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    Medium density development near train line a game changer for mixed-tenure infill

    VIC

    From the architect:

    Ashwood Chadstone Gateway Project (ACGP) is a major Melbourne housing and urban renewal development project designed by FMSA Architecture. Across six sites, the development provides high quality housing in the Ashwood and Chadstone area which is 15 kilometres outside of Melbourne CBD. The $140 million leveraged development delivered a mixture of affordable rental properties for singles, couples, families and older people on low to moderate incomes, as well as privately owned dwellings. In total, the development provides 210 social housing apartments and townhouses, plus a further 72 privately owned dwellings.

    The six sites which form ACGP included the cluster of neighbouring sites on Power Avenue and Elliot Street originally occupied by DHS dwellings in poor condition and the Huntington Disease Institute; and four vacant suburban lots. A key intention within the redevelopment through all phases was to maximise community housing yields throughout the six sites whilst maintaining a degree of housing diversity and relevant use in specified areas.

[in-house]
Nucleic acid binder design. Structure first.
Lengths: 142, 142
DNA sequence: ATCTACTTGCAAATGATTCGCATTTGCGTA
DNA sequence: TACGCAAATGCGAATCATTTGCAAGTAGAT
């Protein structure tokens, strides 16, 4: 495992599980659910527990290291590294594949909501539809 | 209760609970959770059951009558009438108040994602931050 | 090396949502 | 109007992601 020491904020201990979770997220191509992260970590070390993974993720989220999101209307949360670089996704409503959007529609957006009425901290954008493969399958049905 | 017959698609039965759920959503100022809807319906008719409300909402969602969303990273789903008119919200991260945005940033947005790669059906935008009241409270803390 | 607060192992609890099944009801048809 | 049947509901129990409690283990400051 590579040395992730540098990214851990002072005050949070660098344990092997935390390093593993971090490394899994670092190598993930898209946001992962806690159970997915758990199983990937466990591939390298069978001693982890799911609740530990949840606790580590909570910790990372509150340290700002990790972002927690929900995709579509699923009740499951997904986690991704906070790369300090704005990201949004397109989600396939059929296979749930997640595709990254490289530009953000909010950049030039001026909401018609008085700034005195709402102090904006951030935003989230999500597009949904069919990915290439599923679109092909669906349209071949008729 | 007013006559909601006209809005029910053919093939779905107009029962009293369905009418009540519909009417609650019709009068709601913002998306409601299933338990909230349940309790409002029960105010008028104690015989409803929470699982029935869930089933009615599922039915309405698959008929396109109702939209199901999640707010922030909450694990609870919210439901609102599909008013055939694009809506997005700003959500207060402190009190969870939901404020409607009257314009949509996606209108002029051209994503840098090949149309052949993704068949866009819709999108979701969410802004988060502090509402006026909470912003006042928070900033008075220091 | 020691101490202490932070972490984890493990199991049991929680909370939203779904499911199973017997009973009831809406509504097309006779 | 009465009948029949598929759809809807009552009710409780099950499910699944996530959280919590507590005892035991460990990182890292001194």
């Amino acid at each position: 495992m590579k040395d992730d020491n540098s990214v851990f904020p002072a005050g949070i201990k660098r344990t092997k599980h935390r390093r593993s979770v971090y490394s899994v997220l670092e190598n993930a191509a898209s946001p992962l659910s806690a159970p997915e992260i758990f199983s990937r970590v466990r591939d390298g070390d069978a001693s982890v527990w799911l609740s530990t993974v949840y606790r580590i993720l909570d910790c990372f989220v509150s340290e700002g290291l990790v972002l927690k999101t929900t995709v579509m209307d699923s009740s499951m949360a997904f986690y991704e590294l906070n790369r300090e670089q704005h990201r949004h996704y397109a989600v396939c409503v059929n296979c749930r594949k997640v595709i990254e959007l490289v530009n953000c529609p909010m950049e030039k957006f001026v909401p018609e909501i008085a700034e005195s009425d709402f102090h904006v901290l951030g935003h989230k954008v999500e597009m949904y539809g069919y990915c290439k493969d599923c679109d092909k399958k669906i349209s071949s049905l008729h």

The architectural response respected the existing scale and character of the surrounding neighbourhood using massing, medium rise building height and staggered step back from the street to ensure that the buildings contributed positively at a pedestrian scale. By situating the buildings closer to the train line, there was an opportunity to blur the transition from the footpath through soft landscaping creating for community interaction.

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    Across six sites, ACGP offers a mixture of affordable rental properties for singles, couples, families and older people on low to moderate incomes, as well as privately owned dwellings. Photography by Peter Clarke

    The $140 million project was leveraged with the Victorian Government and PPHA who contributed $70 million each to the development. The 72 private units were sold off the plan prior to construction with funds used by PPHA to leverage and deliver approximately 200 additional affordable housing dwellings within Metropolitan Melbourne without further Government support. The project is considered a game changer as a mixed tenure infill development that delivers triple bottom line returns on investment and breaks the cycle of reliance on Government funding for affordable housing.

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    Significant consultation with the community throughout the project ensured an urban design solution that was responsive, appropriate and community focused. Photography by Peter Clarke

    The development was a carefully considered and well-designed response, undertaken with significant public consultation; addressing issues of height, density, neighbourhood character and building scale, to create a mix of housing to ensure the project was socially sustainable and commercially viable. It successfully demonstrates how to increase density in well-serviced locations, enhance amenity, while minimising impacts on the surrounding neighbourhood.

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    Careful consideration was given to creating consistency in the architectural design, sustainable principles, building forms, dwelling sizes, unit types and street presentation. Photography by Peter Clarke